Although Dr. Sands says his colleagues continue to work to improve their CAUTI rates, an endeavor that preceded the CMS program, he is seeking better training for his coding staff and is working within the medical center’s electronic health record (EHR) to ensure accurate and consistent reporting.
At small, rural Nanticoke Memorial Hospital in southern Delaware, which is not at risk of HAC penalties next year, chief operating officer and chief nursing officer Penny Short says the hospital is currently adopting a “pretty robust” EHR to assist clinicians with early identification of sepsis and other risks. She says there is a lot more that EHRs can do to assist in patient safety, and hospitalists at her institution have been at the helm, driving progress.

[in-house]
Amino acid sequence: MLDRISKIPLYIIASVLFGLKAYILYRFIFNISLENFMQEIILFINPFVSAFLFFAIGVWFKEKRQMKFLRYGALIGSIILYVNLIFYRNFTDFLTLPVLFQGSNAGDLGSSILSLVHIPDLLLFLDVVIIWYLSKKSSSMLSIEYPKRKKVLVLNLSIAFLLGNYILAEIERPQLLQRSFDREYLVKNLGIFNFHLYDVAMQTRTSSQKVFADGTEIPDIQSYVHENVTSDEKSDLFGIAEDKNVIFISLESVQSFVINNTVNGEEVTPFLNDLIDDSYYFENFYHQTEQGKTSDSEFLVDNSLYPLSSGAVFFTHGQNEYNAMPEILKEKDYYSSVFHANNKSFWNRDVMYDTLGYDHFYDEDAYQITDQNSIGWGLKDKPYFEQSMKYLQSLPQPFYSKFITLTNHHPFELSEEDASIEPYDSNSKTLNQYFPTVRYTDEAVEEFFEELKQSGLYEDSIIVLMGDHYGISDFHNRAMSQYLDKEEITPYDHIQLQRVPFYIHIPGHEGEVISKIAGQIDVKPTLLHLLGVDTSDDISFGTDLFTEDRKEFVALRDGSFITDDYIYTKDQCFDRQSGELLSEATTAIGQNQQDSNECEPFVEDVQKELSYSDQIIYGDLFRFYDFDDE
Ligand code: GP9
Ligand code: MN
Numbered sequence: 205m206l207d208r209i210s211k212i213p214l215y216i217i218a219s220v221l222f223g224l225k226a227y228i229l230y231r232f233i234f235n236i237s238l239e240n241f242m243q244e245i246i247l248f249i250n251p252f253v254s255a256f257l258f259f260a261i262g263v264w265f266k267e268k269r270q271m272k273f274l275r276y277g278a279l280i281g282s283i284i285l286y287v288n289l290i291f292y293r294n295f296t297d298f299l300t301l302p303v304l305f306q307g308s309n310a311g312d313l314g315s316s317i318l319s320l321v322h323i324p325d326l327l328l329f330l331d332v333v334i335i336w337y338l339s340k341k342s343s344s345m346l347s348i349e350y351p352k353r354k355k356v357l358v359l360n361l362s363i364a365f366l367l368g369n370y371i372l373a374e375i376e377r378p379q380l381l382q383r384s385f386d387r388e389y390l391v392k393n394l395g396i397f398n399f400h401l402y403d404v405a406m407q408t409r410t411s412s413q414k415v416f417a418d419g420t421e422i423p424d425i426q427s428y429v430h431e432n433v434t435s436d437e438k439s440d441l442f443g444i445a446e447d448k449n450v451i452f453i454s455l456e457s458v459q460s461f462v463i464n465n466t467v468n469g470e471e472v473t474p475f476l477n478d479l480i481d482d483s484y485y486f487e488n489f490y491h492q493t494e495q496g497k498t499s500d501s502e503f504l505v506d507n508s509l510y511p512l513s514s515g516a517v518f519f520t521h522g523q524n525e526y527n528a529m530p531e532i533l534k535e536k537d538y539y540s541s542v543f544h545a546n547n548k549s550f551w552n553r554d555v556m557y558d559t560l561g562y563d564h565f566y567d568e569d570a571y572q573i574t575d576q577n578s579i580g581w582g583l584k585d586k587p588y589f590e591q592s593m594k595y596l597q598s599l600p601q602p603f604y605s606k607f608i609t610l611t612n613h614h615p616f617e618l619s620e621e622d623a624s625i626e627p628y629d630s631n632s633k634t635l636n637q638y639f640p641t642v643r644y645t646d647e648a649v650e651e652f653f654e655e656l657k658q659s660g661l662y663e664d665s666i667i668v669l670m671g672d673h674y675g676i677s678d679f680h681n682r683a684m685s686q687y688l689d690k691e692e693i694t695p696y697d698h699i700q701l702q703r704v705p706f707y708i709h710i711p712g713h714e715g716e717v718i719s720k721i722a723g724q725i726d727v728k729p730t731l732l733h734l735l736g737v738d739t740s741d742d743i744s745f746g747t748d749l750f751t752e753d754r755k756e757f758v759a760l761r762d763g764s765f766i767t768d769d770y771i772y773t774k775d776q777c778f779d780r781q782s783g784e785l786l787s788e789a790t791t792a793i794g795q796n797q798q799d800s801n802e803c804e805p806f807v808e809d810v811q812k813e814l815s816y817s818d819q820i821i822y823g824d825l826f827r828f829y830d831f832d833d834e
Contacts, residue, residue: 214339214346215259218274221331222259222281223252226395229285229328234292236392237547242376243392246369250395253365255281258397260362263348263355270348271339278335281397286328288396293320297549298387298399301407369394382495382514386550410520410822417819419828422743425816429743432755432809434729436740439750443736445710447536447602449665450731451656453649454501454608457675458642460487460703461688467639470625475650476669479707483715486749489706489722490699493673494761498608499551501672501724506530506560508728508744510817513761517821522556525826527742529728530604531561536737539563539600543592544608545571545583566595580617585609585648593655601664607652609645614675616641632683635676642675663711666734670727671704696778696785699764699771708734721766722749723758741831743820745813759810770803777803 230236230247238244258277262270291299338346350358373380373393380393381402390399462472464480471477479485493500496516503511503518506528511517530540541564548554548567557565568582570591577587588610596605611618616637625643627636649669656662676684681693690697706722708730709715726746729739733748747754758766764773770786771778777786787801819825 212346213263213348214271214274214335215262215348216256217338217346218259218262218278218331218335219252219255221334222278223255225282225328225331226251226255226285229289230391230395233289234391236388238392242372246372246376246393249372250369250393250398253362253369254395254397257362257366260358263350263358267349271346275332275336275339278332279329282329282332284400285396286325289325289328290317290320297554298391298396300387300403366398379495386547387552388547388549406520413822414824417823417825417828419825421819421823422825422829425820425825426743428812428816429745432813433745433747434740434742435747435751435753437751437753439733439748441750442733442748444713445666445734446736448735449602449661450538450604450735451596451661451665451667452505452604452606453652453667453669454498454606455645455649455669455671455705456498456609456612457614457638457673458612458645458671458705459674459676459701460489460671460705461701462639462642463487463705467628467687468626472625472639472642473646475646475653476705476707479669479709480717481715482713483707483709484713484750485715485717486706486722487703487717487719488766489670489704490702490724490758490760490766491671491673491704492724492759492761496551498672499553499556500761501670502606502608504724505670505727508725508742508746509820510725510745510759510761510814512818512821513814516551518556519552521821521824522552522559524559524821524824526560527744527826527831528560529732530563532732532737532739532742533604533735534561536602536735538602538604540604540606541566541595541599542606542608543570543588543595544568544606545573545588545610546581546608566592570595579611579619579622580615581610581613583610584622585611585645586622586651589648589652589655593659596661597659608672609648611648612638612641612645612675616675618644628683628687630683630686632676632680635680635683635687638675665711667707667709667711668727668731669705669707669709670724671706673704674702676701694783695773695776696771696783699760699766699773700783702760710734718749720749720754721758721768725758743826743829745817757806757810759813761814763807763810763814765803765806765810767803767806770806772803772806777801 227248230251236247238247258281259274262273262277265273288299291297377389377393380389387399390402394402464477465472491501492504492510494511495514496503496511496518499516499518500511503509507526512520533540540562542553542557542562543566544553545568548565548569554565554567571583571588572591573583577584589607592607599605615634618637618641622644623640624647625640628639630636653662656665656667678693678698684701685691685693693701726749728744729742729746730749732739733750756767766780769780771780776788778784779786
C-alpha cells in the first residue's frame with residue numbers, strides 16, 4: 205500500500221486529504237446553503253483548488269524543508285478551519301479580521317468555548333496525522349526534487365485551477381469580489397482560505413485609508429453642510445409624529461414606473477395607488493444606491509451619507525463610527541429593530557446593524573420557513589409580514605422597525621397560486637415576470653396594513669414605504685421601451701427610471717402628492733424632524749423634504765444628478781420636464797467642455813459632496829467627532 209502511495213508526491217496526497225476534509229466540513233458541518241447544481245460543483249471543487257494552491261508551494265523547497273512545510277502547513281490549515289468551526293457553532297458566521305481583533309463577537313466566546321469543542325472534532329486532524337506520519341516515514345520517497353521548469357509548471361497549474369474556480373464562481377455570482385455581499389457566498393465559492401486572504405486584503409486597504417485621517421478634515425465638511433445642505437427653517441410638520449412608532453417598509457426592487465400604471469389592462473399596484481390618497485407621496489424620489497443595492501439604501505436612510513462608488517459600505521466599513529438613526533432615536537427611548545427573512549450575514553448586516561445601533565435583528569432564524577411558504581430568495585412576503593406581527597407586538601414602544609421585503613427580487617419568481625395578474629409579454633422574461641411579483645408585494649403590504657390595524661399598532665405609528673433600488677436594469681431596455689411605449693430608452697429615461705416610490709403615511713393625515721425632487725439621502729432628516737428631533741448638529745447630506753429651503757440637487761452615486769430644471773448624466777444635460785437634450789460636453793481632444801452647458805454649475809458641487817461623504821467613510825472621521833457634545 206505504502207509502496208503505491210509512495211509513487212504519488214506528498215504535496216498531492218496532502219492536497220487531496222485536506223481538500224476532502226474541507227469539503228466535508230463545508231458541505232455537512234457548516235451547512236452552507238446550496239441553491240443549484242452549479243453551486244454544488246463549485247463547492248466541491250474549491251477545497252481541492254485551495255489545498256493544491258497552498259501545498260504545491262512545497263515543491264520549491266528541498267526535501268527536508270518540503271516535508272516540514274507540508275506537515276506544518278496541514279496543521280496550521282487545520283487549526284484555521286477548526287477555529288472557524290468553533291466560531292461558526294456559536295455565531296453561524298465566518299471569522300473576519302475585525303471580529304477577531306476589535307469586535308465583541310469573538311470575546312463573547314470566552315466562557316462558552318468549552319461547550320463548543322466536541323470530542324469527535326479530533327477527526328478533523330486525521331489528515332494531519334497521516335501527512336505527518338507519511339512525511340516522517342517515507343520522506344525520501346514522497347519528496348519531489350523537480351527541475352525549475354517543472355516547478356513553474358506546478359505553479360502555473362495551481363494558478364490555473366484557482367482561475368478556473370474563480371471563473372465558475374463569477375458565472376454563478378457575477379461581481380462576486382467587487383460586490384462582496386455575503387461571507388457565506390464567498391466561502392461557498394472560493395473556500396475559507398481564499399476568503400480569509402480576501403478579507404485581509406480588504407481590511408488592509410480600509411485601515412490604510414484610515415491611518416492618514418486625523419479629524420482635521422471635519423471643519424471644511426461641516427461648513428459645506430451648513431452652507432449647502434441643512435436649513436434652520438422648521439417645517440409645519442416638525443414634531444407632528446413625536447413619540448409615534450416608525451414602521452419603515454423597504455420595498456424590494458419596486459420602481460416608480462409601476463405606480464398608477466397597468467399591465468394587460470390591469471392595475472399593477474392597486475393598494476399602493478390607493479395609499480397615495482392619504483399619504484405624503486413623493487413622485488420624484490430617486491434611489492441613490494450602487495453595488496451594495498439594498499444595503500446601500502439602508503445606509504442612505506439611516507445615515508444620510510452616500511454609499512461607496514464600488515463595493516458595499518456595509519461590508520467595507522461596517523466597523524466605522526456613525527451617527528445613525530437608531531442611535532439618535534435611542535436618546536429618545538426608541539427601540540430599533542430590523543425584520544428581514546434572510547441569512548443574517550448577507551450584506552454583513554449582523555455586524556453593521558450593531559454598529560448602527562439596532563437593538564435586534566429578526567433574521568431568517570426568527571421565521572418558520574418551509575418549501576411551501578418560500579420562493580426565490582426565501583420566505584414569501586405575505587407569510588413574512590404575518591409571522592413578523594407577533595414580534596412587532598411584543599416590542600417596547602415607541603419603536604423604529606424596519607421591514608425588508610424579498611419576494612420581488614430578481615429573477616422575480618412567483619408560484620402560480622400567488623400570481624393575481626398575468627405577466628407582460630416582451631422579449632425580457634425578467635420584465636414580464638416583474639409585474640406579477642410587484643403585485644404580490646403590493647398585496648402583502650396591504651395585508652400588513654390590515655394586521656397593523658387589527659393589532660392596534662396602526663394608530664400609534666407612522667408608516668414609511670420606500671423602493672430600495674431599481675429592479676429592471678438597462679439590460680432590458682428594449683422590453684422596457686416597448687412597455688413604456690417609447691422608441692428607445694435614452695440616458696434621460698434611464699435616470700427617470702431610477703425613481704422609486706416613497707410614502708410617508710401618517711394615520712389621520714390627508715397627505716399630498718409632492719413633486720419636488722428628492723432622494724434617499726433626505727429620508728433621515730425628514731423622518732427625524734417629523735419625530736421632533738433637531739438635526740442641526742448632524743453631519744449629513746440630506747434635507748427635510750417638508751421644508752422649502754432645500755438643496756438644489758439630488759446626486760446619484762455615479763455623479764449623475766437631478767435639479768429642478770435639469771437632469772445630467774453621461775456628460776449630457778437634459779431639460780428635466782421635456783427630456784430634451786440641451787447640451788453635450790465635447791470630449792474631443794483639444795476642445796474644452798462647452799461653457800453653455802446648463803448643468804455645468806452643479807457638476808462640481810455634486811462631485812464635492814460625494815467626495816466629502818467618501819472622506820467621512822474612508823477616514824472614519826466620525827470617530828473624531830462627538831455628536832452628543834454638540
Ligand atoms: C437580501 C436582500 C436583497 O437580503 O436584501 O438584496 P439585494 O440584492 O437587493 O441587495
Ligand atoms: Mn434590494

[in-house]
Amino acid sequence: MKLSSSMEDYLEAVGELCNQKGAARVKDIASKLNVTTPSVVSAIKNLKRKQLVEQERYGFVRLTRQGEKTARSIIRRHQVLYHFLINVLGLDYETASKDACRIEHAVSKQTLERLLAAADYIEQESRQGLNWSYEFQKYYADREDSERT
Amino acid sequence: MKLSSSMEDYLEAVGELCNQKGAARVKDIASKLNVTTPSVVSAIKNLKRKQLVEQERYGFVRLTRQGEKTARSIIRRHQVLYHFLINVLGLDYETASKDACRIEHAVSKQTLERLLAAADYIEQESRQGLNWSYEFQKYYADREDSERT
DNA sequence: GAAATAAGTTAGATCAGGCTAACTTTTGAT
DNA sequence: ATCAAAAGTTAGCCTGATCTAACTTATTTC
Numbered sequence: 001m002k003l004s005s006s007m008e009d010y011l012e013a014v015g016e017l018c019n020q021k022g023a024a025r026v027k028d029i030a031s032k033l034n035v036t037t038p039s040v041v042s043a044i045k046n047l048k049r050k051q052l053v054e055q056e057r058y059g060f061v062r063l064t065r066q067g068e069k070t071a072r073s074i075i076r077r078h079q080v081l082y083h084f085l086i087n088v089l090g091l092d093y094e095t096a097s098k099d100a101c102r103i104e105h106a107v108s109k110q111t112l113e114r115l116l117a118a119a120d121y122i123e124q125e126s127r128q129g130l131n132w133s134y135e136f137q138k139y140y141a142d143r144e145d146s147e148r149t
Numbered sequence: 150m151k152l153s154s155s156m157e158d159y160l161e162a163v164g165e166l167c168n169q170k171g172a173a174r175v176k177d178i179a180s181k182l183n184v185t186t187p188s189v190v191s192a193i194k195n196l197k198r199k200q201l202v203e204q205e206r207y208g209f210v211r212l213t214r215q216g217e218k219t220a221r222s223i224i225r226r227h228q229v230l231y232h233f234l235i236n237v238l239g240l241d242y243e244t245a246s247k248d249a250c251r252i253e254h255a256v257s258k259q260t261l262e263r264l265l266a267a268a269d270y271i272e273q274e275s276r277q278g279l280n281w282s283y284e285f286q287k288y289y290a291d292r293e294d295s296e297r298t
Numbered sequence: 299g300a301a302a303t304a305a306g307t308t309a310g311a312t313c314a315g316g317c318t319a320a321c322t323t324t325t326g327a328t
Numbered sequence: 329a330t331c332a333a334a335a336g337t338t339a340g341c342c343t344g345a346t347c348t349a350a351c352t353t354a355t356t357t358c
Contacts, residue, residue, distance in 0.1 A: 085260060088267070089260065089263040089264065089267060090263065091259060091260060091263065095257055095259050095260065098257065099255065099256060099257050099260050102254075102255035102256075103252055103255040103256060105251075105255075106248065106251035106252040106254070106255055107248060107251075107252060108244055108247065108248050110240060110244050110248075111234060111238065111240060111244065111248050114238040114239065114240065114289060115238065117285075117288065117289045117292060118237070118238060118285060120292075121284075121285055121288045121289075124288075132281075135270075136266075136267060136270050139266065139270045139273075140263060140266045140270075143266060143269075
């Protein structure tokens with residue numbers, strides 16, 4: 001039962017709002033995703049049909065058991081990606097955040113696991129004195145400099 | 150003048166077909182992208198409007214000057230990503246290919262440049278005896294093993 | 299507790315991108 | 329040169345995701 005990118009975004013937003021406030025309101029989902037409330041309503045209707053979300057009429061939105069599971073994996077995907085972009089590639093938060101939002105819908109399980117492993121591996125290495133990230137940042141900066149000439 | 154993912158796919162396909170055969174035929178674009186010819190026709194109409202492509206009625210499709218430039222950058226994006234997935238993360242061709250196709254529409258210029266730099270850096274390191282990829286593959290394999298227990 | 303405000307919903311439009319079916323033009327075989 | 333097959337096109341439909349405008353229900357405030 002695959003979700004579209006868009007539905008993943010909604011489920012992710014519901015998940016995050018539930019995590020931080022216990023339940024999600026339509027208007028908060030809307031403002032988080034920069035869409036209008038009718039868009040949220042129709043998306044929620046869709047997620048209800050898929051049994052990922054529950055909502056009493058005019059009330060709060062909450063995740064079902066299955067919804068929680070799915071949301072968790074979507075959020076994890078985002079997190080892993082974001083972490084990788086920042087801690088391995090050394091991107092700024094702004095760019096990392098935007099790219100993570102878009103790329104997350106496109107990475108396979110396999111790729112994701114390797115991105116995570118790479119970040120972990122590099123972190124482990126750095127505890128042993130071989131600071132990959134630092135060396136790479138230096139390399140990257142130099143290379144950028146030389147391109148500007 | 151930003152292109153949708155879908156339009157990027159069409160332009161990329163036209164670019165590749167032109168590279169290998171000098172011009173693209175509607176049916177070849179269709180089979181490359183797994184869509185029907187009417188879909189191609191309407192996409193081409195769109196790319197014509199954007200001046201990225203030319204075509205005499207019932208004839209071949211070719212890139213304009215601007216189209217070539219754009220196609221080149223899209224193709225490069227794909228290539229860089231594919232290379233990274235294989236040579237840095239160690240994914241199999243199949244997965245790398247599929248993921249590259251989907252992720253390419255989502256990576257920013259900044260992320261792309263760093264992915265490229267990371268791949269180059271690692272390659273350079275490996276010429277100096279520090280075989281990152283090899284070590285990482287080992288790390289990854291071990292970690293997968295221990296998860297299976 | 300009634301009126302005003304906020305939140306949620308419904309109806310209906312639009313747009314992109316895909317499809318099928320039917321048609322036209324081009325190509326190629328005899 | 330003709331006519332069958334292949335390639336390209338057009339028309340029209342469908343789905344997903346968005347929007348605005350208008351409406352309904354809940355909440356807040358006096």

It’s an approach Dr. Jha advocates for moving the needle forward in identifying better patient safety metrics. Meaningful use of EHRs provides clinically based, high quality metrics that can be captured far more effectively than the billing record, he says, offering an “automated approach as a routine part of the delivery of health care for tracking and potentially identifying adverse events.”
It’s up to physician leaders, Dr. Jha says—indeed, it is their moral responsibility—to encourage their CEOs to make these investments. And it’s something he believes CMS should get behind as well.
“Is this going to be cheap and easy? No,” Dr. Jha says. “Does CMS have the capacity to say hospitals have to invest? I think they do.
“I think we can do so much better. The opportunity to do so much better is right now.”
Kelly April Tyrrell is a freelance writer in Madison, Wis.